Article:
Q: Our agency conducts business trips for federal government contractors. On September 9, President Biden issued an executive order adding Covid-19 vaccination requirements for all government contractors and subcontractors. Does the decree apply to the employees of my agency? Do we have to have 100 employees to be covered? What about part-time employees and independent contractors (CIs)? When should everyone be vaccinated? What is the penalty for non-compliance? How does the government police compliance?
A: The decree applies to all subcontractors who provide services to most major government contractors. A different part of the same order applies to each employer with 100 or more employees, but the part dealing with government contractors and subcontractors does not have a minimum number of employees.
Strictly speaking, the decree does not mandate vaccinations, but the president has made it clear that he expects the follow-up âguidelinesâ to do so. These guidelines will be published by a new government entity called the Safer Federal Workforce Task Force by the end of September.
Not all travel agencies that handle trips for government contractors are subcontractors. If you manage the travel of contractor’s employees without a formal contract or with a contract that does not incorporate certain clauses of the prime contractor’s contract, you would likely not be considered a subcontractor.
You will likely need to have a written contract that subjects you to some formal clauses of the main contract, such as those covering minimum wage and anti-discrimination requirements. The contract would likely be called a subcontracting agreement.
I use the word “probably” three times because there is no definition of subcontractor in the order and no generally applicable definition under federal law. However, the calendar rules certainly imply that you must have such a formal contract.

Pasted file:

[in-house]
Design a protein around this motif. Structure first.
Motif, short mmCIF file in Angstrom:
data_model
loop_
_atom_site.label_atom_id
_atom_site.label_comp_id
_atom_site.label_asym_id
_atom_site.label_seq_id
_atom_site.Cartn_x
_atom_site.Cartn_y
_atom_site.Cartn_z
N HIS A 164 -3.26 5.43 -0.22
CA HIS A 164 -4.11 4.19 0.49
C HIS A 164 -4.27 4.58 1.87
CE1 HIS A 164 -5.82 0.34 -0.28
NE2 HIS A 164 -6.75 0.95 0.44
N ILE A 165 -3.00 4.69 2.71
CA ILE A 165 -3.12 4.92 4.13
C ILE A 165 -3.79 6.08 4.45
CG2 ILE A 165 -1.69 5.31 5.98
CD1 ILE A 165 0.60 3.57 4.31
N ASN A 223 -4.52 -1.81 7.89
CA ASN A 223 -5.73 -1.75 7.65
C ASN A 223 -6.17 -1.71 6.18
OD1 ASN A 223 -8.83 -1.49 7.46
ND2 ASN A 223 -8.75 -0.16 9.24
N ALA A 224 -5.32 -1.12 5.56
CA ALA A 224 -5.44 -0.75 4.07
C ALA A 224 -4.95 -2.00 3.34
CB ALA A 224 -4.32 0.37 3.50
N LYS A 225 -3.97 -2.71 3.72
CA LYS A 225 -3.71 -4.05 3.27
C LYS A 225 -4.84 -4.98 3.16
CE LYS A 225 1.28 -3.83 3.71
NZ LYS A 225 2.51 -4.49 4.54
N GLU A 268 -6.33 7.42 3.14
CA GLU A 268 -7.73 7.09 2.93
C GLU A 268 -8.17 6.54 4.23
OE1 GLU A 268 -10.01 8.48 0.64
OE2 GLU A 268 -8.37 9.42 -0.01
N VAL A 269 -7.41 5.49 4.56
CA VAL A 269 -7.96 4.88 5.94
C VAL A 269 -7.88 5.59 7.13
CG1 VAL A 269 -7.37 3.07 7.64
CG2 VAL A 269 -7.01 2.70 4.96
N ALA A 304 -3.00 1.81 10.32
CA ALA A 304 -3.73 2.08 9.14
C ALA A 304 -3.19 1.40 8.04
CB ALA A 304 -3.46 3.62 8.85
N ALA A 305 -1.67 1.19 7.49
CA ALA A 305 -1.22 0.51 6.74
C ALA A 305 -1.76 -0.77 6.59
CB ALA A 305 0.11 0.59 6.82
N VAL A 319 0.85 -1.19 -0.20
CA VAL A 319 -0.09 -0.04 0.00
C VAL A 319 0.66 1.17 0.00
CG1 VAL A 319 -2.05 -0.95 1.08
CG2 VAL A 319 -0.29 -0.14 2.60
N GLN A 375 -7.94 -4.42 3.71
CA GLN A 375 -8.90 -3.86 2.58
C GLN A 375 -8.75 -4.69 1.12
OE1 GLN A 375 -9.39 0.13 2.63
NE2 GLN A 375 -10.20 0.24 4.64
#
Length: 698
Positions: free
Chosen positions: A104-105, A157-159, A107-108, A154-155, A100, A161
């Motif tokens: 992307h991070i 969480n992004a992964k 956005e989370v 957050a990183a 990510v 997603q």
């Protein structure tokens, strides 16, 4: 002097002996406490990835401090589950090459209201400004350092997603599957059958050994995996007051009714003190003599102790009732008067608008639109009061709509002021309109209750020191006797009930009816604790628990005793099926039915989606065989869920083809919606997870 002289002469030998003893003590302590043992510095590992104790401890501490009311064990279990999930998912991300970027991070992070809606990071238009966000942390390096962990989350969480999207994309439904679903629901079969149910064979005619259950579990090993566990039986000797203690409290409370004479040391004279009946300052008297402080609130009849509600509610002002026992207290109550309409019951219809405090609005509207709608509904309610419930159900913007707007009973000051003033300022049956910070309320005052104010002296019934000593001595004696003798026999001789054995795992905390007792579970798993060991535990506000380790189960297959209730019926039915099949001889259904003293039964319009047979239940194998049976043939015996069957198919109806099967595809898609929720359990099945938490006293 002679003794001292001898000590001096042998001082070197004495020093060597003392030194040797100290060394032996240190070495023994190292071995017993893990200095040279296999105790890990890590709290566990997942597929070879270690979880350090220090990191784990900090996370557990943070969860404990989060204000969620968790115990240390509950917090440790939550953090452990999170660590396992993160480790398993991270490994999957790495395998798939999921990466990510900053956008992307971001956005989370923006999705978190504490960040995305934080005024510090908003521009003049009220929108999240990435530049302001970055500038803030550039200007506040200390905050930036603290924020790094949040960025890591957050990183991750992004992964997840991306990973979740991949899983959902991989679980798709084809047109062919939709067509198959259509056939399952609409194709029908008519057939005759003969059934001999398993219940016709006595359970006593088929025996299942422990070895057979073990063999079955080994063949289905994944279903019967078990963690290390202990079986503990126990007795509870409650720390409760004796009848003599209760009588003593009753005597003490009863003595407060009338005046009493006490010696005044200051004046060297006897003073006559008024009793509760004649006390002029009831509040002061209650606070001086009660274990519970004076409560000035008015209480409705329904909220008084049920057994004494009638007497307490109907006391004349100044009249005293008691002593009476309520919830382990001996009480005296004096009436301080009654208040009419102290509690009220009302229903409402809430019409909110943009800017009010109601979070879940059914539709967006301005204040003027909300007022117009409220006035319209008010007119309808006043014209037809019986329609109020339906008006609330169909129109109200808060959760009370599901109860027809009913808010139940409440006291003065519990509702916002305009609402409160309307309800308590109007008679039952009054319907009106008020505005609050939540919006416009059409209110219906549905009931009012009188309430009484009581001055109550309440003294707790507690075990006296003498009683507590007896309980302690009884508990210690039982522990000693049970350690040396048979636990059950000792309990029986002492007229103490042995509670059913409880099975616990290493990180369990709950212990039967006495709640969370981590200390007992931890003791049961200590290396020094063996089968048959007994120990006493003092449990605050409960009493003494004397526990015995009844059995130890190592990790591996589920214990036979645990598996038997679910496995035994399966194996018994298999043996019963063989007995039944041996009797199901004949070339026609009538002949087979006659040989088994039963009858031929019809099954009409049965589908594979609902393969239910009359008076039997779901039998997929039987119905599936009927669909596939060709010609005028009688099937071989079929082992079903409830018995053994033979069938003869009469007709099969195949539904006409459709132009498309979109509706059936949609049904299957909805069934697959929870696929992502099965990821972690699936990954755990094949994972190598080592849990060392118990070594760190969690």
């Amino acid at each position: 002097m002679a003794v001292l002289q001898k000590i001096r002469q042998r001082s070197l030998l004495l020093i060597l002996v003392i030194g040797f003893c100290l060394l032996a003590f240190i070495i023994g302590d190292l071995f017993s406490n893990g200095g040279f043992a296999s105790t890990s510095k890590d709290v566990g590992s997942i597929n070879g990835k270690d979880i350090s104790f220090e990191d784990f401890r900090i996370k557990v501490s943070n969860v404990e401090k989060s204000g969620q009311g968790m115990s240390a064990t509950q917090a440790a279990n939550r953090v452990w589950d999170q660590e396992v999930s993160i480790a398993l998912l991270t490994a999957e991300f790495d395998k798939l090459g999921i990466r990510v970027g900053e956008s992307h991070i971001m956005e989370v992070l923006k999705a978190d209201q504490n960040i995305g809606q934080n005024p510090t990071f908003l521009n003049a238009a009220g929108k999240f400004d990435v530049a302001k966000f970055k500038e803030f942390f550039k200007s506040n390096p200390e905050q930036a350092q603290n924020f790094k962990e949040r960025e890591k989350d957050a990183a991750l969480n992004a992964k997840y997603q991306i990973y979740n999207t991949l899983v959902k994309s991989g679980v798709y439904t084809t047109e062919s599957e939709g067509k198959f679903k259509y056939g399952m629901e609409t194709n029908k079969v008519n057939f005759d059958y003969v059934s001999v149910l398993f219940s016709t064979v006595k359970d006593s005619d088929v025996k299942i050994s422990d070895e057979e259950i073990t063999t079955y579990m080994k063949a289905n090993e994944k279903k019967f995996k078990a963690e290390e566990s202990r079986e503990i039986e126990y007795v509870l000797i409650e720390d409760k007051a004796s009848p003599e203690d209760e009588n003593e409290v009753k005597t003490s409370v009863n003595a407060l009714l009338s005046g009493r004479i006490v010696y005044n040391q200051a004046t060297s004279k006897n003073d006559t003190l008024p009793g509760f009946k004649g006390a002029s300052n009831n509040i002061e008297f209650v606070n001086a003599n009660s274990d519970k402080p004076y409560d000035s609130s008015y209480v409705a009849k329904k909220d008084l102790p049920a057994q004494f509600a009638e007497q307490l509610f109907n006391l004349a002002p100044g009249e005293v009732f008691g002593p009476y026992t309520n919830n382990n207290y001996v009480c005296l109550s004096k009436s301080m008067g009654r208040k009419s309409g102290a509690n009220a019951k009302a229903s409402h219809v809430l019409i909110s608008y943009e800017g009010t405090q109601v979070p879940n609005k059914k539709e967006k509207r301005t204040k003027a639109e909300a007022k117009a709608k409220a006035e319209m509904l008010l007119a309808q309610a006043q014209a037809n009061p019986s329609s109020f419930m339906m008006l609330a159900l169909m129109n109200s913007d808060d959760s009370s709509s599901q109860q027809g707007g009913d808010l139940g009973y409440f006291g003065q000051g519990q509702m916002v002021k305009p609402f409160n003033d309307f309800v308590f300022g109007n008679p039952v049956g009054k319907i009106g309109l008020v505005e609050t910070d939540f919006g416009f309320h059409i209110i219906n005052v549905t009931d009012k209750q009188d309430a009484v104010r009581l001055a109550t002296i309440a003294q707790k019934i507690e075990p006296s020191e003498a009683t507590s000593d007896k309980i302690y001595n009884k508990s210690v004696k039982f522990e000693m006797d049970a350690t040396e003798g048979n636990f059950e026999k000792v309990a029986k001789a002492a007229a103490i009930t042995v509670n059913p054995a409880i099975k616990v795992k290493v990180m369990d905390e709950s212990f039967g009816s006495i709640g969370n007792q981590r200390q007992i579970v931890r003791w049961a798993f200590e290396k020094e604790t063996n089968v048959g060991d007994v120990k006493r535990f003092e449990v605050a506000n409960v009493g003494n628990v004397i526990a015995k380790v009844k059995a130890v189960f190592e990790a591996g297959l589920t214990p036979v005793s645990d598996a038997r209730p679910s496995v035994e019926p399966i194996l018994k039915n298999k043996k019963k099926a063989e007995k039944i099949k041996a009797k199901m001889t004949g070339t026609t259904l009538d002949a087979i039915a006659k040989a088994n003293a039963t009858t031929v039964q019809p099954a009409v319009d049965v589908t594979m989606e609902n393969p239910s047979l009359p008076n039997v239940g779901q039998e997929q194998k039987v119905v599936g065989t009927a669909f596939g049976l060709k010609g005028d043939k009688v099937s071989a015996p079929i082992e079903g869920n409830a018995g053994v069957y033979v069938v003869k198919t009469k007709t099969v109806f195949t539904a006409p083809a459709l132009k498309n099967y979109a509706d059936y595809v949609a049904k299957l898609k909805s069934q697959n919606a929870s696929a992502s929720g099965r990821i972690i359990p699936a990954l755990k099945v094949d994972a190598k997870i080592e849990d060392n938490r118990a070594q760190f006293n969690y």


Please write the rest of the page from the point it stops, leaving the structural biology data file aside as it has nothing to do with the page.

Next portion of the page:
By virtue of the decree, after October 15, the vaccination obligation will apply to you from the date on which the project manager concludes a new subcontracting contract with you, formally extends a subcontracting contract. contracting or exercising its option to renew a subcontract. The new or renewed subcontract must contain the clause requiring compliance with the guidelines issued by the working group.
Until the working group releases its guidelines, there are a lot of open questions, such as deadlines for vaccinations; whether the requirements apply to part-time employees, ICs or home staff; and whether the mandate will apply to all employees or only to those working on the prime contractor’s travel.
The decree is silent on the subjects of execution and sanctions. However, the breach could theoretically result in the termination of the subcontract, suspension or exclusion of any other subcontract.
If your agency is located in one of about eight states that prohibit employers from requiring vaccinations as a condition of employment, it’s very difficult to know how you will be able to comply with both laws. The task force may come up with some exceptions to the mandate, but the issues may need to be resolved in court.
Once the task force has clarified the many questions, I will write a follow-up column for the Legal Bits.